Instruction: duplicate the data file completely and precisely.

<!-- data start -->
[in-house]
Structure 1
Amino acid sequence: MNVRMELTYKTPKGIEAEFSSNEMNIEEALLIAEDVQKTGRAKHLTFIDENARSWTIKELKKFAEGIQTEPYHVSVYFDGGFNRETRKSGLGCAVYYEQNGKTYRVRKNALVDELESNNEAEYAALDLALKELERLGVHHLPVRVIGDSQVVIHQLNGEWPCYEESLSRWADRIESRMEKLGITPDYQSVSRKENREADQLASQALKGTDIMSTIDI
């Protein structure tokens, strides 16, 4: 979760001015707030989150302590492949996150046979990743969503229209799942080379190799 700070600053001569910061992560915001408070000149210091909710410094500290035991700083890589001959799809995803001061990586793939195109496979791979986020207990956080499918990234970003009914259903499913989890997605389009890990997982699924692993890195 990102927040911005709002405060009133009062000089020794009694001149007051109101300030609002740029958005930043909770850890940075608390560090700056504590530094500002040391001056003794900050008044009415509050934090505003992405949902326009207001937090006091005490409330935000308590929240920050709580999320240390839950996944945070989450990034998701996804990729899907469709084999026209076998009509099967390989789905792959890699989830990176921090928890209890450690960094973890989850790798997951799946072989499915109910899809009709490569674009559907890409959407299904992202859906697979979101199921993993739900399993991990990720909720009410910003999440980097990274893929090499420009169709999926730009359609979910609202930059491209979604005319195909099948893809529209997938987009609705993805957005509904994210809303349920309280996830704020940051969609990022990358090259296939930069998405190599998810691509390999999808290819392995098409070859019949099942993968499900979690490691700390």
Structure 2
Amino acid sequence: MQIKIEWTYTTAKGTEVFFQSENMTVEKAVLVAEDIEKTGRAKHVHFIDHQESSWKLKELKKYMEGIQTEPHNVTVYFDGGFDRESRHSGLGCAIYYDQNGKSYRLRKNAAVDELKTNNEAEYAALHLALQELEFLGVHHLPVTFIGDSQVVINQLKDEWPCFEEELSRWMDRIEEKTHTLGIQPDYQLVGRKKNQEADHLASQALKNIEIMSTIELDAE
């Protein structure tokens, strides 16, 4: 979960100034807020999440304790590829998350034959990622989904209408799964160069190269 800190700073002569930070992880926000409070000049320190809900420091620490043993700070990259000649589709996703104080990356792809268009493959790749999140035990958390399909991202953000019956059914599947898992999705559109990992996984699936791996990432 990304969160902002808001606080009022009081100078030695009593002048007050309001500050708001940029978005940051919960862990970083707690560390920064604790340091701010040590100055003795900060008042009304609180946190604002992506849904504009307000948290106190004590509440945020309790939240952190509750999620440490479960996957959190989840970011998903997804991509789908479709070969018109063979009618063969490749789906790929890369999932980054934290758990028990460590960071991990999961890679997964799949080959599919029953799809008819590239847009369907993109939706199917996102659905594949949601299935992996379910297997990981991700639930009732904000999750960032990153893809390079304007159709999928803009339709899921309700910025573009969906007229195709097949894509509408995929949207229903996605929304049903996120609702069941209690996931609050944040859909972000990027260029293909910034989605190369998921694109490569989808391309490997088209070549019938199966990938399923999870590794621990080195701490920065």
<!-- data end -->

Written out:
[in-house]
Structure 1
Amino acid sequence: MNVRMELTYKTPKGIEAEFSSNEMNIEEALLIAEDVQKTGRAKHLTFIDENARSWTIKELKKFAEGIQTEPYHVSVYFDGGFNRETRKSGLGCAVYYEQNGKTYRVRKNALVDELESNNEAEYAALDLALKELERLGVHHLPVRVIGDSQVVIHQLNGEWPCYEESLSRWADRIESRMEKLGITPDYQSVSRKENREADQLASQALKGTDIMSTIDI
């Protein structure tokens, strides 16, 4: 979760001015707030989150302590492949996150046979990743969503229209799942080379190799 700070600053001569910061992560915001408070000149210091909710410094500290035991700083890589001959799809995803001061990586793939195109496979791979986020207990956080499918990234970003009914259903499913989890997605389009890990997982699924692993890195 990102927040911005709002405060009133009062000089020794009694001149007051109101300030609002740029958005930043909770850890940075608390560090700056504590530094500002040391001056003794900050008044009415509050934090505003992405949902326009207001937090006091005490409330935000308590929240920050709580999320240390839950996944945070989450990034998701996804990729899907469709084999026209076998009509099967390989789905792959890699989830990176921090928890209890450690960094973890989850790798997951799946072989499915109910899809009709490569674009559907890409959407299904992202859906697979979101199921993993739900399993991990990720909720009410910003999440980097990274893929090499420009169709999926730009359609979910609202930059491209979604005319195909099948893809529209997938987009609705993805957005509904994210809303349920309280996830704020940051969609990022990358090259296939930069998405190599998810691509390999999808290819392995098409070859019949099942993968499900979690490691700390």
Structure 2
Amino acid sequence: MQIKIEWTYTTAKGTEVFFQSENMTVEKAVLVAEDIEKTGRAKHVHFIDHQESSWKLKELKKYMEGIQTEPHNVTVYFDGGFDRESRHSGLGCAIYYDQNGKSYRLRKNAAVDELKTNNEAEYAALHLALQELEFLGVHHLPVTFIGDSQVVINQLKDEWPCFEEELSRWMDRIEEKTHTLGIQPDYQLVGRKKNQEADHLASQALKNIEIMSTIELDAE
């Protein structure tokens, strides 16, 4: 979960100034807020999440304790590829998350034959990622989904209408799964160069190269 800190700073002569930070992880926000409070000049320190809900420091620490043993700070990259000649589709996703104080990356792809268009493959790749999140035990958390399909991202953000019956059914599947898992999705559109990992996984699936791996990432 990304969160902002808001606080009022009081100078030695009593002048007050309001500050708001940029978005940051919960862990970083707690560390920064604790340091701010040590100055003795900060008042009304609180946190604002992506849904504009307000948290106190004590509440945020309790939240952190509750999620440490479960996957959190989840970011998903997804991509789908479709070969018109063979009618063969490749789906790929890369999932980054934290758990028990460590960071991990999961890679997964799949080959599919029953799809008819590239847009369907993109939706199917996102659905594949949601299935992996379910297997990981991700639930009732904000999750960032990153893809390079304007159709999928803009339709899921309700910025573009969906007229195709097949894509509408995929949207229903996605929304049903996120609702069941209690996931609050944040859909972000990027260029293909910034989605190369998921694109490569989808391309490997088209070549019938199966990938399923999870590794621990080195701490920065």